The counselor in me knows she is sick, and that she is so enveloped in inferiority, shame, and fear of rejection that honesty expressions and different choices are nothing but confirmation that I do not want to be her. In all honesty, there are things about her I never, ever want to be. And there are things about her that I admire, embrace, and strive to incorporate into my daily life, parenting, work ethic, and belief system. She sees our differences as hurtful, but never realizes the things we have in common as a means of honoring what she taught me. I am not stupid, or lacking in insight. Her sickness is not a reflection of me or an indication that she needs anything from me but love, but I am also aware enough to refuse enabling her or pretending that I do not recognize the truth even if she does not. She sees no other choice but to seek her mother's approval, even as she hates her. In her world a good daughter never tells her mother "no"; I will never be a good daughter in her mind. In my mind part of being a good mother is allowing our children freedom to be who they are, and help them recognize consequences of their actions even as I recognize at some point they are going to do and say what they want in spite of our guidance. What do I do? Counseling is a no-brainer and quite a challenge in light of what I do every day. And support groups are an option. I feel as if my mother is attempting to avoid taking care of the mother she hates (her brother is in another state and not there very often to assist) while orchestrating a scenario where I will take care of her (my brother is an hour away and always unable to contribute to her care, support, etc.) I am enraged at the emotional blackmail and manipulation, and at the same time empathetic to the fact that if she was my patient I would be faced with working to help her understand she can empower herself, make different choices, and rid herself of the emotional things that haunt her. I believe she has Borderline Personality Disorder, and I believe her depression is something she continues to be the victim of. And I know without a doubt that displaying physical symptoms, even incontinence, is preferable to expressing emotional struggles like fear, shame, anger, and other things. The distrust she lacks across the board--her childhood best friends, brother, children, and medical professionals are not ever fully aware of what she feels, thinks, worries about, etc.--indicates she lives a very lonely, isolated life where she also resents everyone who does not understand her. She will not help us understand, but remains saddened and angry because we do not comprehend what she battles in her own mind and now her body.
I sometimes cannot stand to watch her struggle...literally I cannot stay in the room and watch the physical deterioration and limitations. I have not reached acceptance about it--I know she created much of her physical condition with her unwillingness and overwhelming fear of disclosing who she really is. That makes me sad for her, and furious. The truth is she is really physically sick now because of being emotionally frozen for so long. Regardless of what caused it, her unwillingness to do anything but be resigned to her physical health is truth--it is reality. I grieve who she was, who I thought she was, who she will never be, and the unavoidable reality that she will not be long for this world at this rate. Whether she forgets she has already taken her sleeping pill, anti-anxiety medication, antidepressant, and pain pills and takes too many and dies, or lapses into a coma because of her binge-eating, or finally does see her heart give out because of the strain her weight, health, and emotional distress put on it, some day it will not be a case of her "...crying wolf..." yet again.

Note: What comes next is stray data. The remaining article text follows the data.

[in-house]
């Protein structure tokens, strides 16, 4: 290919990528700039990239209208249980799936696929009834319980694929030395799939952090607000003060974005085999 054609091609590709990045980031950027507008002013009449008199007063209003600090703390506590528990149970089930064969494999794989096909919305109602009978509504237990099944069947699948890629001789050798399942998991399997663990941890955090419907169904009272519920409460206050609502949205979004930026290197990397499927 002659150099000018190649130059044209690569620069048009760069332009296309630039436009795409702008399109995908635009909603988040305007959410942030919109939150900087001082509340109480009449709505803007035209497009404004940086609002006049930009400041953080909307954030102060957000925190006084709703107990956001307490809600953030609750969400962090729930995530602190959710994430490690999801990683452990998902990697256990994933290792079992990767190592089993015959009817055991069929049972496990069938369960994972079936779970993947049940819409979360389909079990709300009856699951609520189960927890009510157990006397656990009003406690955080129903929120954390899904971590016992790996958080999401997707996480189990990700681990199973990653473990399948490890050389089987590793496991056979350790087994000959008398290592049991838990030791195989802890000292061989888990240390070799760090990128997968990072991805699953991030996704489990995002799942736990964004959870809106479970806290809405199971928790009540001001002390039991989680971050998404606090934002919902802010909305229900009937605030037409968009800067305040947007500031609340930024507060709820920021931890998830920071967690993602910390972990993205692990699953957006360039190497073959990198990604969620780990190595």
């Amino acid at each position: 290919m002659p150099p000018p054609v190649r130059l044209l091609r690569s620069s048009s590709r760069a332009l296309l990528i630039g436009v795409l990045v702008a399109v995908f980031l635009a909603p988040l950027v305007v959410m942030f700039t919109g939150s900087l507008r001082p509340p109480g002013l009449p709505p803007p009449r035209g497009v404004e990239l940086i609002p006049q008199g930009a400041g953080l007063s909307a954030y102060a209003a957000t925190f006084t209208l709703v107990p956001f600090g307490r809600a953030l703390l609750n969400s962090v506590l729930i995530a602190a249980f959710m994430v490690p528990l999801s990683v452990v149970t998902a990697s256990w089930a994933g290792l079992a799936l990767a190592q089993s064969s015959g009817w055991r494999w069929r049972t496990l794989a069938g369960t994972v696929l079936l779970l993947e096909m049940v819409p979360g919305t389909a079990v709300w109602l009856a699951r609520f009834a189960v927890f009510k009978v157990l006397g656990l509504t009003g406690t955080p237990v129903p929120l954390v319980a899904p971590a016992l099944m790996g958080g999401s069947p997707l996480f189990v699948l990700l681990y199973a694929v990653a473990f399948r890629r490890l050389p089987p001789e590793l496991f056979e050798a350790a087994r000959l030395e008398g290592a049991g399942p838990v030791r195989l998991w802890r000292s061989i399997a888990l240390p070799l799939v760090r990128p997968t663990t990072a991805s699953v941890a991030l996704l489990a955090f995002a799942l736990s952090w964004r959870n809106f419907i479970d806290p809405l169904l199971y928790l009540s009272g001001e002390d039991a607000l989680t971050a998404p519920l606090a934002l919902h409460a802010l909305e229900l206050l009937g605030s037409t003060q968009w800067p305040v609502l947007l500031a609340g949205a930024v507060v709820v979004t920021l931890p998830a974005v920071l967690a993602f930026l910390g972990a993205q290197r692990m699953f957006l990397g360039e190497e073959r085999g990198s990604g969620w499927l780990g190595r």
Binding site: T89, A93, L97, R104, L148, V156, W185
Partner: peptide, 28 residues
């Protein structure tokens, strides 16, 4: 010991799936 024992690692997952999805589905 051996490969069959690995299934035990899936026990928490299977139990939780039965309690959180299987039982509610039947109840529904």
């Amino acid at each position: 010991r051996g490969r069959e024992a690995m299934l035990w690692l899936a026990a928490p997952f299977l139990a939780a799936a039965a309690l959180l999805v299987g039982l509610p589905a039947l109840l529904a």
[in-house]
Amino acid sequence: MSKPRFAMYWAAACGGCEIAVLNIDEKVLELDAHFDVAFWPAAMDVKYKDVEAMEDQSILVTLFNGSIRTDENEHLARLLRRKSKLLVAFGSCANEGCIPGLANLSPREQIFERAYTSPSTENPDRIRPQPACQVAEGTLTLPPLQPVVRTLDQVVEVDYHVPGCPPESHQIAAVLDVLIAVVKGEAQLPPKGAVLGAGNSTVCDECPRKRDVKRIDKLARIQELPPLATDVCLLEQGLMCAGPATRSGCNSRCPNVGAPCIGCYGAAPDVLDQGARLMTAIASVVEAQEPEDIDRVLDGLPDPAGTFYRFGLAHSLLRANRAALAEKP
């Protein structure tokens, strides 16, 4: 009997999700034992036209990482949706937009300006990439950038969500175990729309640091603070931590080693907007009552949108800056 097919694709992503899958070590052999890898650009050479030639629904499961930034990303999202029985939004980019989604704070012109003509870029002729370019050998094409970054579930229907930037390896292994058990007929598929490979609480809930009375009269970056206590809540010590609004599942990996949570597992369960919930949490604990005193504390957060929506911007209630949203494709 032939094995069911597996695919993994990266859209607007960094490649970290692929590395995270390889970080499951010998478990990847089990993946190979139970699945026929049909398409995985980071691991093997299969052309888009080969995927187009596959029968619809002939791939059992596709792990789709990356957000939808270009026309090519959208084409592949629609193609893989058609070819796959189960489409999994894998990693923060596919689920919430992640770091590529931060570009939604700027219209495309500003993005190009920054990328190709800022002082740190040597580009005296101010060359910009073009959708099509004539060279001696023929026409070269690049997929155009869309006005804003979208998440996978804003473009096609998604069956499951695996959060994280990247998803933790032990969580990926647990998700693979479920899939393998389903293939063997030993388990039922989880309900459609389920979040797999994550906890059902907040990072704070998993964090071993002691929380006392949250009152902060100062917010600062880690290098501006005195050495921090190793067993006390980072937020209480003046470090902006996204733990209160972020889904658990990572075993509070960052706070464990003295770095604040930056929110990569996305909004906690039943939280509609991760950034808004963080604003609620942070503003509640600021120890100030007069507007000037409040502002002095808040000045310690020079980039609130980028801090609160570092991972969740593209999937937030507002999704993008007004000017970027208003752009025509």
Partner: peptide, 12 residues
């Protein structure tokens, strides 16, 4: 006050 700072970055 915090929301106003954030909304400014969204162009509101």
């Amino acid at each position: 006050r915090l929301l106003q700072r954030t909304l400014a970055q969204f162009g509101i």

My mom has sought to avoid every acknowledging how she really feels about her mother. She sought to keep her from ever knowing how much she hates her, she claims because she never wanted her to be hurt. The truth is my grandmother may well respect her more if she stands up to her and tells her exactly how things are, because she seems to have no respect for what she sees as her weaknesses and tendency to be over-emotional. That said my grandmother also tends to shut out anyone who she does not like, distrusts, or has been hurt by; my mother may well live with the fear that if she was honest she would be shut out completely and permanently. And she despises that I refuse to pretend all is well. She relies on people who live with the elephant in the living room and never acknowledge it. My refusal to do so is likely one of her worst nightmares. I rely currently on friends and colleagues who can relate, and who will confront my errors in thinking while empowering me. I recognize with ease that I am not at a point of acceptance, and I am the one who suffers from that the most. I am not at a point where I will willingly focus on the physical things that are now real despite their origin. I am angry with her, and that is probably because of fear and sadness. I am disgusted by her as she is now, especially because being obese, unkempt, and manipulative are things she absolutely refused to let me be growing up. She hates herself, and has always wanted me to be better than she sees herself, but rages and grieves because I do not want to be her. I remain angry with her for creating body image issues long before there was a need for them, when I was thin and firm and young and cute, and I hate her for creating this fear of being selfish, disappointing people, or being rejected if I did not comply. I hate her for giving up on life and herself and expecting me at this age as I raise children and work and go to school to make her care my priority. I hate her for never admitting she was/is wrong, not once ever in my life. I hate her for creating a dependence on her and belief that she was the only one I could trust to be honest with her that only in my mid-twenties did I realize was unnecessary and inaccurate. . And I hate her for ignoring my brother’s insensitivity, self-absorbed approach to life, and continuous absence despite having endured the same things from her own brother for the last twenty-five years as my grandmother has essentially worshiped my uncle, refusing to see his faults or short-comings as my mother worked as hard as possible to keep her mother content. I love her for teaching me to be giving, and creative, and willing to work as hard as possible to get the desire results at work, or in my parenting, or in my home. I love her for teaching me to pay attention to people and know them so that gifts and sentiments are personalized and meaningful. And I love her for teaching me that I am smart and can do anything I want to do in life. I live in a vicious cycle to say the least...